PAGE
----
Court rules Medicare beneficiaries can appeal move to hospital observation status
A federal court has ruled that hospitalized Medicare beneficiaries who transitioned from inpatient status to observation status can appeal the decision, making it easier for them to receive coverage for aftercare in a nursing home. retirement. The decision appears to end more than a decade of litigation on behalf of Medicare beneficiaries.
Medicare fully covers nursing home stays for the first 20 days, but only if the patient was first admitted to the hospital as an inpatient for at least three days. Partly due to pressure from Medicare to reduce costly hospital stays, hospitals often do not admit patients but instead place them under observation to determine whether they should be admitted. Even if a hospital initially admits a patient, a hospital review board may upgrade the patient from inpatient status to observation status, either before or after the patient’s stay. If the patient does not have three full days as an inpatient, Medicare will not cover a subsequent stay in a nursing home, which could cost the Medicare beneficiary thousands of dollars.
There are other consequences of being considered under observation. Instead of billing you under Medicare Part A, which covers inpatient services, the hospital will bill you under Medicare Part B. This means you will owe a co-payment for each service provided. Your total co-pay could be much higher than the single deductible you must pay under Part A.
In 2011, a group of Medicare beneficiaries sued the federal government in a class action lawsuit, arguing that they should have the right to appeal when their status changes from hospitalized status to observation status. After 11 years of litigation, the United States Court of Appeals for the Second Circuit upheld a lower court’s decision in favor of the beneficiaries, noting that Medicare allows appeals from other decisions. According to the court, “the decision to reclassify an inpatient from an inpatient to a patient receiving observation services may have significant and detrimental impacts on the financial, psychological and physical well-being of plaintiffs.” The court ordered Medicare to establish an appeals process for coverage as inpatients and to inform people of their appeal rights. The class was represented by pressure groups Medicare Defense Center and Justice in Aging and the law firm Wilson, Sonsini, Goodrich and Rosati.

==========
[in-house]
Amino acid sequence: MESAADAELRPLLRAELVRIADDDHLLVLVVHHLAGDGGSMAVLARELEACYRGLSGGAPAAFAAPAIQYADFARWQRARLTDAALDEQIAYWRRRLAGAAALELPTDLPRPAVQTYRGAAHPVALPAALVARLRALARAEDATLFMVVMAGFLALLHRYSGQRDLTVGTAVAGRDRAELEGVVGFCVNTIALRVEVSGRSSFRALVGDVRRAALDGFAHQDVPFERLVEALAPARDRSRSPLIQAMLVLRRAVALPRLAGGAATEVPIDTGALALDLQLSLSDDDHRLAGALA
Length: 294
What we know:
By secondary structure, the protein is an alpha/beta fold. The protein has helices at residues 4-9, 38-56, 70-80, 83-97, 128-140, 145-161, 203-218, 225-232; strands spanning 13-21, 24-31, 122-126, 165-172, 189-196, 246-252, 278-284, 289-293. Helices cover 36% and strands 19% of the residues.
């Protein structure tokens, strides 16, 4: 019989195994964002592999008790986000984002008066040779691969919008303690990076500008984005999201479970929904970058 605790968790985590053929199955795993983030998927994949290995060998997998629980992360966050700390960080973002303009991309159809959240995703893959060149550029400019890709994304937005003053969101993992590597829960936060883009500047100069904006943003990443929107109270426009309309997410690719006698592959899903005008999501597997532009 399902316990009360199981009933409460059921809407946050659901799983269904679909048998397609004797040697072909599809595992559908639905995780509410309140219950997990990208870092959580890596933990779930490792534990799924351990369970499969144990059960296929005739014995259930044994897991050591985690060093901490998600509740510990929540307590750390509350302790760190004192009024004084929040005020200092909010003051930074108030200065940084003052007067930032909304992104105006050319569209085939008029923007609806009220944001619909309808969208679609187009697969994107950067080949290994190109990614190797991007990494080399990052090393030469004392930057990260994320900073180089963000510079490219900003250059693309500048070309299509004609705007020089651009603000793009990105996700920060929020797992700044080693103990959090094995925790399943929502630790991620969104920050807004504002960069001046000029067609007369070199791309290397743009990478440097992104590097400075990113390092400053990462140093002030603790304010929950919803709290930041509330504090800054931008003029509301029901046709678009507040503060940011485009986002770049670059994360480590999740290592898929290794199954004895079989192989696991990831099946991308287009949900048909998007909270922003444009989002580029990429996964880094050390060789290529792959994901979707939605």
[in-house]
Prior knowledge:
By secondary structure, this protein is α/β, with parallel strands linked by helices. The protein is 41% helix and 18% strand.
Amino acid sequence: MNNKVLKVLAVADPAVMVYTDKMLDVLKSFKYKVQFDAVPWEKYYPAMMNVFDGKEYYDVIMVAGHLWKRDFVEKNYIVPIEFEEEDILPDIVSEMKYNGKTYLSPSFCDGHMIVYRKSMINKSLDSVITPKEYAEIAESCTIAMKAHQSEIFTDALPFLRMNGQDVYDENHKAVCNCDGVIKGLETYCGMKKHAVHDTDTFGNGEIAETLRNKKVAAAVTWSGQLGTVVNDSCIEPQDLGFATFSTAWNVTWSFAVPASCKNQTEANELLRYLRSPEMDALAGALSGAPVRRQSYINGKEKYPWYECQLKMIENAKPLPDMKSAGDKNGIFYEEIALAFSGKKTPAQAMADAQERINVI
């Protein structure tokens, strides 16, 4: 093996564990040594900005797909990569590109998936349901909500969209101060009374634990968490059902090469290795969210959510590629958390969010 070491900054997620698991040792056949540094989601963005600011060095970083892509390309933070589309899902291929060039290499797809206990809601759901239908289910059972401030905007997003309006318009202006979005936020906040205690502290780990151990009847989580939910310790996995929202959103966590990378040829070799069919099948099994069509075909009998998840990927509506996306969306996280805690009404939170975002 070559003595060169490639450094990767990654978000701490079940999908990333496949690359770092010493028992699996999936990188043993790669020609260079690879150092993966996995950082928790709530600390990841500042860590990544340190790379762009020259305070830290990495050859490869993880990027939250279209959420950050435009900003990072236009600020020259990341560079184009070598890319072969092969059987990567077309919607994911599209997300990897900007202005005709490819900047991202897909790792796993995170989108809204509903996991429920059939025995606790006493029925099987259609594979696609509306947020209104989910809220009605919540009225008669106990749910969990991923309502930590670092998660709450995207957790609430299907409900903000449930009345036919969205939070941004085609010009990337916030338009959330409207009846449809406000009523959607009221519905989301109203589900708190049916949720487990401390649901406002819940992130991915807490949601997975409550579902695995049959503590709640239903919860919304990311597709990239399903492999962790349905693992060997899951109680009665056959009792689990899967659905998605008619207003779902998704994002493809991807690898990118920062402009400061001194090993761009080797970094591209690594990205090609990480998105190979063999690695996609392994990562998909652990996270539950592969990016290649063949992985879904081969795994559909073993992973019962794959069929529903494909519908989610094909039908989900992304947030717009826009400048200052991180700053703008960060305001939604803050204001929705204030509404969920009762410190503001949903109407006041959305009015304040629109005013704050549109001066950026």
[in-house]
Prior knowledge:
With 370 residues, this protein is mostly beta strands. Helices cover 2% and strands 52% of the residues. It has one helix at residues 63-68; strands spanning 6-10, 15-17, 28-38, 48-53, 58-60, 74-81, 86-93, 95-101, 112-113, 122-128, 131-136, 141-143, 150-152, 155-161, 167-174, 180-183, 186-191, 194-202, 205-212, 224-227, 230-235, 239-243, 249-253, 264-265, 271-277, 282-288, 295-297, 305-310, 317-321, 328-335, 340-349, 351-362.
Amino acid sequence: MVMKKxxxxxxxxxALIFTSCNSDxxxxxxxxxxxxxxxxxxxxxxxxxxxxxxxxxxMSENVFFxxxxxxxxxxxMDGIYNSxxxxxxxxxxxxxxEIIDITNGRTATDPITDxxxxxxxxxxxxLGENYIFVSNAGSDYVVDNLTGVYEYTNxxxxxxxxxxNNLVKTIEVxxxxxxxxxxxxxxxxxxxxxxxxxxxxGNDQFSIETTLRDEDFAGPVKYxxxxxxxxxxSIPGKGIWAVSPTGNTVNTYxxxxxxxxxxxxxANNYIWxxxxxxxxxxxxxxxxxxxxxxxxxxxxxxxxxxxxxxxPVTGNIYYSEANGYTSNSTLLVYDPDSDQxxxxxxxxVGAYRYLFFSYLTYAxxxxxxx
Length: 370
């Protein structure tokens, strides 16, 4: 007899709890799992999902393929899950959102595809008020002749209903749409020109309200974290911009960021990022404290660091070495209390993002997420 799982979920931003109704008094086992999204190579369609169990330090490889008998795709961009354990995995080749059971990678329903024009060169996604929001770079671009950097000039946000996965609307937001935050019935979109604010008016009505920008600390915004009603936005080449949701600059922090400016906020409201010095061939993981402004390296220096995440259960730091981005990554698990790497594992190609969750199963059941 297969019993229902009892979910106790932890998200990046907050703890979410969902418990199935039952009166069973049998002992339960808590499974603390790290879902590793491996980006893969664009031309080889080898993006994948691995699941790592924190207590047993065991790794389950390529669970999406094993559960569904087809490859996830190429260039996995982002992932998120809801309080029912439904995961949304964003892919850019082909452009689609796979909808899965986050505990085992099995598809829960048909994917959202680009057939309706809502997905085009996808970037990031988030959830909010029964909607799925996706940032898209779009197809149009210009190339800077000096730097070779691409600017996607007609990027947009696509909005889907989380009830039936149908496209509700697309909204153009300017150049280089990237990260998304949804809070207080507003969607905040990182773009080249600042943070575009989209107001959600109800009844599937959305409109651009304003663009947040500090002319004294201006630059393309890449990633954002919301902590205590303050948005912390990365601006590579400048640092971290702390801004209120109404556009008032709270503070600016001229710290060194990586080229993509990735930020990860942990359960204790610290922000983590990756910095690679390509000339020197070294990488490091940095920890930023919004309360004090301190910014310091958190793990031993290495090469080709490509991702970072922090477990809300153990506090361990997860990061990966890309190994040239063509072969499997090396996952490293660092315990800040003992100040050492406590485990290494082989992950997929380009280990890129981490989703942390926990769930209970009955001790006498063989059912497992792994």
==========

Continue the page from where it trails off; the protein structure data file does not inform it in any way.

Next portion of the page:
The sighting status has been controversial for years. Originally, hospitals did not have to inform patients that they were under observation rather than hospitalization. That changed in 2017, when a federal law required hospitals to notify patients under observation for more than 24 hours of their patient status within 36 hours, or upon discharge if it happens sooner.
What patients can do now
If you are hospitalized and under observation, you can ask the hospital doctor to be hospitalized. You should also contact your GP to ask if they can call the hospital and explain the medical reasons why you need to be admitted.
If you are kept under observation and transferred to a nursing home and Medicare denies you coverage, you can appeal. To appeal, you must wait for your Medicare Summary Notice (MSN) to arrive. Copy the notice and highlight the disputed charges. The notice should provide information on where to send the notice to request an appeal. You can appeal both hospital denials and subsequent nursing home charges. The appeal process can be very complicated and you may need the help of a lawyer to navigate it. For more information on the Medicare appeals process, click here.
For more analysis of the decision by Kaiser Health News, Click here.
Last modification: 02/01/2022